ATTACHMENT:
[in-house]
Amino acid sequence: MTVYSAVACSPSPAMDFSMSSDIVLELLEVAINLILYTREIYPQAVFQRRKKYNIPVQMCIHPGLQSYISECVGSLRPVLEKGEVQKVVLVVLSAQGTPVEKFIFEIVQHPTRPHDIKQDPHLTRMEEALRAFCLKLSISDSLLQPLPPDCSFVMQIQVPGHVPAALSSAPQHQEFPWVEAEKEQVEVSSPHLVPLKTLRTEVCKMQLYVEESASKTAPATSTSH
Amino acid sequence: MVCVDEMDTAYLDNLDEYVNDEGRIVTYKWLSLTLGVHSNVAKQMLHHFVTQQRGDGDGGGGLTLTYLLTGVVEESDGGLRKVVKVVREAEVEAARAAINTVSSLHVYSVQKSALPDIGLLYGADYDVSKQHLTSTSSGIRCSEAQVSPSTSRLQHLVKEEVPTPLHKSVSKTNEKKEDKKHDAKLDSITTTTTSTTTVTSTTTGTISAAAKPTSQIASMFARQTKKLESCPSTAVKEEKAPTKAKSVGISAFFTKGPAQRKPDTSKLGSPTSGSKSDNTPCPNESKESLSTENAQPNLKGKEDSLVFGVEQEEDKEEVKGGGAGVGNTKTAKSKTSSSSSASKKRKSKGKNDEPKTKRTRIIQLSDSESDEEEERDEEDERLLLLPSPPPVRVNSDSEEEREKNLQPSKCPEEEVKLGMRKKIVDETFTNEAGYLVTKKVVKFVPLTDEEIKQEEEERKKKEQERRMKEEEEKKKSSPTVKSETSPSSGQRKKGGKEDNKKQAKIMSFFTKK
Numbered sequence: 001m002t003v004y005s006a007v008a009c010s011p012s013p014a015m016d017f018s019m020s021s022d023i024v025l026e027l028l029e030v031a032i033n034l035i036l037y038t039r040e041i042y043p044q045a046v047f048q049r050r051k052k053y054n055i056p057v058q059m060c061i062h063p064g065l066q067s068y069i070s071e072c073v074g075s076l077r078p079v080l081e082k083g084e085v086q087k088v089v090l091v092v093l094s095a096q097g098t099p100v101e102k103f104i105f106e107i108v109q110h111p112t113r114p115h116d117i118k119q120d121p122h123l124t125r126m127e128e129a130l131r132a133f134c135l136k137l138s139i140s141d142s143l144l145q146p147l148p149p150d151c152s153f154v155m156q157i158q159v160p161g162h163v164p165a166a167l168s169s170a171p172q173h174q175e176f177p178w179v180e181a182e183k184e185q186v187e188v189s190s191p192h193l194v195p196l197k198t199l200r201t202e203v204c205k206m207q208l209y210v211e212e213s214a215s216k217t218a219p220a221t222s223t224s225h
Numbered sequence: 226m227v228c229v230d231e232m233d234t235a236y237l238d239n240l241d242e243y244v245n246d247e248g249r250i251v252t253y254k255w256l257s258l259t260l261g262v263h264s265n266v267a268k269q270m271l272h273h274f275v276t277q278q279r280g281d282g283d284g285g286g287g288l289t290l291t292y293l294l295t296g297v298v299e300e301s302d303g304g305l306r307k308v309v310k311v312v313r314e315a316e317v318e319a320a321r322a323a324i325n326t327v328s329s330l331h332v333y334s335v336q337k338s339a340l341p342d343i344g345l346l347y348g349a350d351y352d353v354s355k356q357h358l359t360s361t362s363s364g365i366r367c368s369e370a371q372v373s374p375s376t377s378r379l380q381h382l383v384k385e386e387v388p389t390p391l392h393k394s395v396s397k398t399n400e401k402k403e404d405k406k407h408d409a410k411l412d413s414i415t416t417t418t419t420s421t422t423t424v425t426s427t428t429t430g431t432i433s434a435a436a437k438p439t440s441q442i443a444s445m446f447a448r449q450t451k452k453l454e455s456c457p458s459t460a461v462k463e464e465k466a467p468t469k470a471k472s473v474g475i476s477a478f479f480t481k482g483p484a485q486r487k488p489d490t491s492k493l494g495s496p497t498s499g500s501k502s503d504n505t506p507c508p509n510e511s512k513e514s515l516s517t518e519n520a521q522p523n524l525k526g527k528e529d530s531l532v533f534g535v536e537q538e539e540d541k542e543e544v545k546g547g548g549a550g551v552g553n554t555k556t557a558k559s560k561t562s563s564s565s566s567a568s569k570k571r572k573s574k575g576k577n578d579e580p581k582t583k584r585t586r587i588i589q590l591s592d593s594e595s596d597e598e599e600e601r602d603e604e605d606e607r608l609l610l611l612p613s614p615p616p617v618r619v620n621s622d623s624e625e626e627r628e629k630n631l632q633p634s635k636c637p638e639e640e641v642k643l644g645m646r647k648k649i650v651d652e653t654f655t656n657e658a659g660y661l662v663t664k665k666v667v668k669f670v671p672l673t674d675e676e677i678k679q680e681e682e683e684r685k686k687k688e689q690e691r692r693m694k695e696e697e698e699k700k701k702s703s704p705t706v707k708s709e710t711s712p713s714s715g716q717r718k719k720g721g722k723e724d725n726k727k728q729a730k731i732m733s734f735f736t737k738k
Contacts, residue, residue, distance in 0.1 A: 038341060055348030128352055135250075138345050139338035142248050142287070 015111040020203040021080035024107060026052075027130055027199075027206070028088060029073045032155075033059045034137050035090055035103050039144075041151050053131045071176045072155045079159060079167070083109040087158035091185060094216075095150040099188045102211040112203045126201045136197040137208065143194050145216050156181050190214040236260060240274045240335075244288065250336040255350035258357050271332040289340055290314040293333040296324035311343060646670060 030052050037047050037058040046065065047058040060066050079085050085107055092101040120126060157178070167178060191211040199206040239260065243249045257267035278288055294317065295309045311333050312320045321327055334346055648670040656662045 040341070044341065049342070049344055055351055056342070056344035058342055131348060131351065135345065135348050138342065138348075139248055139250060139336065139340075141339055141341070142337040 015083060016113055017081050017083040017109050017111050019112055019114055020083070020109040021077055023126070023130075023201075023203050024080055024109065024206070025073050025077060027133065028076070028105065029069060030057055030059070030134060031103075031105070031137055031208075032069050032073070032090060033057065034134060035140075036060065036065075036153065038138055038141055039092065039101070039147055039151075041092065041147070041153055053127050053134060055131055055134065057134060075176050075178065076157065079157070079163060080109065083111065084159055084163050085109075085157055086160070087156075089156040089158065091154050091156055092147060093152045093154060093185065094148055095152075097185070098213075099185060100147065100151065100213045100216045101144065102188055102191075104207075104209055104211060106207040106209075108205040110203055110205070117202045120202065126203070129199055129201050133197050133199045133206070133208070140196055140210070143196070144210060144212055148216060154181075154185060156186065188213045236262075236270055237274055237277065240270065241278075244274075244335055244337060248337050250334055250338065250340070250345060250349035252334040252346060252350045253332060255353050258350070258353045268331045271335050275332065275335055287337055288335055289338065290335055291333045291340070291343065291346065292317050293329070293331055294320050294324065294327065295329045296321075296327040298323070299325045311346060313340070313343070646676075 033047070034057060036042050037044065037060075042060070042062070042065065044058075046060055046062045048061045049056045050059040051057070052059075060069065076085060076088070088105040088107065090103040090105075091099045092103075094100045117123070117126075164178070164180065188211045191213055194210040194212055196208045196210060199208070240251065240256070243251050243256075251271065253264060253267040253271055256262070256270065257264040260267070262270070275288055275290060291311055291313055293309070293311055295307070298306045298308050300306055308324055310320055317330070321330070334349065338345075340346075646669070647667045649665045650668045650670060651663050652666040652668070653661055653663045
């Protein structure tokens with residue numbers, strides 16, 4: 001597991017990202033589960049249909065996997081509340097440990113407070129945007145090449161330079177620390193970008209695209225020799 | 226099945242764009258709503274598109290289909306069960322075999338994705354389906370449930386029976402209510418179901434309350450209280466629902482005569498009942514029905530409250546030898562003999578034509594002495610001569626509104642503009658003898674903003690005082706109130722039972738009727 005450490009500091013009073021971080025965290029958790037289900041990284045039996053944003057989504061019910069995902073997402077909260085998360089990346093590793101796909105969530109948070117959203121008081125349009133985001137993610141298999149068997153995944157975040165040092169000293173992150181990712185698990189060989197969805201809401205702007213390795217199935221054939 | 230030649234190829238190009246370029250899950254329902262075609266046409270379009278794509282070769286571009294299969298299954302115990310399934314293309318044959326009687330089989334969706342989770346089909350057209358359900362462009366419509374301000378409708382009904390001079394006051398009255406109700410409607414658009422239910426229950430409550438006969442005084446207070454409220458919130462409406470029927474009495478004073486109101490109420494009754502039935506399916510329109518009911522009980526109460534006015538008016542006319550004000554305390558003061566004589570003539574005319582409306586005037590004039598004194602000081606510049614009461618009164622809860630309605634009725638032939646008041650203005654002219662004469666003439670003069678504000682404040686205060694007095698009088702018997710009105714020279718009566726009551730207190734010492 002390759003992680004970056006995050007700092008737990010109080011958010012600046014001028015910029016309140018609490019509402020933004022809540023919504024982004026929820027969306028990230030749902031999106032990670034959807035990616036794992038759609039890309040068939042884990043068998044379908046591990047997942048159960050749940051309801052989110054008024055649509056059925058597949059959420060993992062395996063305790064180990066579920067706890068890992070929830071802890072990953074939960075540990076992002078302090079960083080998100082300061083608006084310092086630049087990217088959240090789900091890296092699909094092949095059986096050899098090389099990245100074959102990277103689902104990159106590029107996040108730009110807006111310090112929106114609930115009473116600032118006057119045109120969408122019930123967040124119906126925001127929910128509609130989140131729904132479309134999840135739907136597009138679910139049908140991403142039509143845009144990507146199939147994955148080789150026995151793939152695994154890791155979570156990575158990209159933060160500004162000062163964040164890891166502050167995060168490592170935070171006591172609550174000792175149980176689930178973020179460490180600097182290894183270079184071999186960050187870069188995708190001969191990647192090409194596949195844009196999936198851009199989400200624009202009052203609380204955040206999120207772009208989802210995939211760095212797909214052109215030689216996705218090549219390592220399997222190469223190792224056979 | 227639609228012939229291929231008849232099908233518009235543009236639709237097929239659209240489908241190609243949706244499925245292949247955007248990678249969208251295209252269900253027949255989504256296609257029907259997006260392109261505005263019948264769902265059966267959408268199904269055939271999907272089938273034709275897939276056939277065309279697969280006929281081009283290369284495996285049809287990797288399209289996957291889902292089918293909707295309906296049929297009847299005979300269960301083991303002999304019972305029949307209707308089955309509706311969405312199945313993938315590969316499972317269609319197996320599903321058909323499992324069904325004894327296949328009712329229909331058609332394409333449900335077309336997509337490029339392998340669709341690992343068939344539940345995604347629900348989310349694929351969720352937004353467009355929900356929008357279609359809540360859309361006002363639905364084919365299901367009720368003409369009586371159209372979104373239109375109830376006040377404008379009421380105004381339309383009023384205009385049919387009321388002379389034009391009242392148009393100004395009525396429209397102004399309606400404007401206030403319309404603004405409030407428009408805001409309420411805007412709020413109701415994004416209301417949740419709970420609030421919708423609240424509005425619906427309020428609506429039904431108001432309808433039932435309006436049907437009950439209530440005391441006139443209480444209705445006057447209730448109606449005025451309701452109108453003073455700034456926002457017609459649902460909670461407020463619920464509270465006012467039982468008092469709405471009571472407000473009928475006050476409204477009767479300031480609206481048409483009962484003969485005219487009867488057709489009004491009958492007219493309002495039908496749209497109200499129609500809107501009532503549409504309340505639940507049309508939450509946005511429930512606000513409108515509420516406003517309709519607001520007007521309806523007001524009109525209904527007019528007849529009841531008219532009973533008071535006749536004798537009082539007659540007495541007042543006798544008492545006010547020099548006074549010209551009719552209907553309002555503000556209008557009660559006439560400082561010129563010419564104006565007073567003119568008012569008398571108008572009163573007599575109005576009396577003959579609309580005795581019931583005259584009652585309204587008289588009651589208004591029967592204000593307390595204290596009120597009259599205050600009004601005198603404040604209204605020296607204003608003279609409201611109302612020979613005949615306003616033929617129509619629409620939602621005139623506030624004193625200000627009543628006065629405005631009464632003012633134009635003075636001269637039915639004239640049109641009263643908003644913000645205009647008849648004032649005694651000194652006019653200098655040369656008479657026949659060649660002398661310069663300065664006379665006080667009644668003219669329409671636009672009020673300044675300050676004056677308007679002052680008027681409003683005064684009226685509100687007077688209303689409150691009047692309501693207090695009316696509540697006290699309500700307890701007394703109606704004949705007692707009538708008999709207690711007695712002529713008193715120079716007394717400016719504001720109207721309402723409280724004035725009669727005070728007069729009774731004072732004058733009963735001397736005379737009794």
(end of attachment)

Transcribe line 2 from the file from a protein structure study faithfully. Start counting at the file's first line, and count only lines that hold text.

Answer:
Amino acid sequence: MTVYSAVACSPSPAMDFSMSSDIVLELLEVAINLILYTREIYPQAVFQRRKKYNIPVQMCIHPGLQSYISECVGSLRPVLEKGEVQKVVLVVLSAQGTPVEKFIFEIVQHPTRPHDIKQDPHLTRMEEALRAFCLKLSISDSLLQPLPPDCSFVMQIQVPGHVPAALSSAPQHQEFPWVEAEKEQVEVSSPHLVPLKTLRTEVCKMQLYVEESASKTAPATSTSH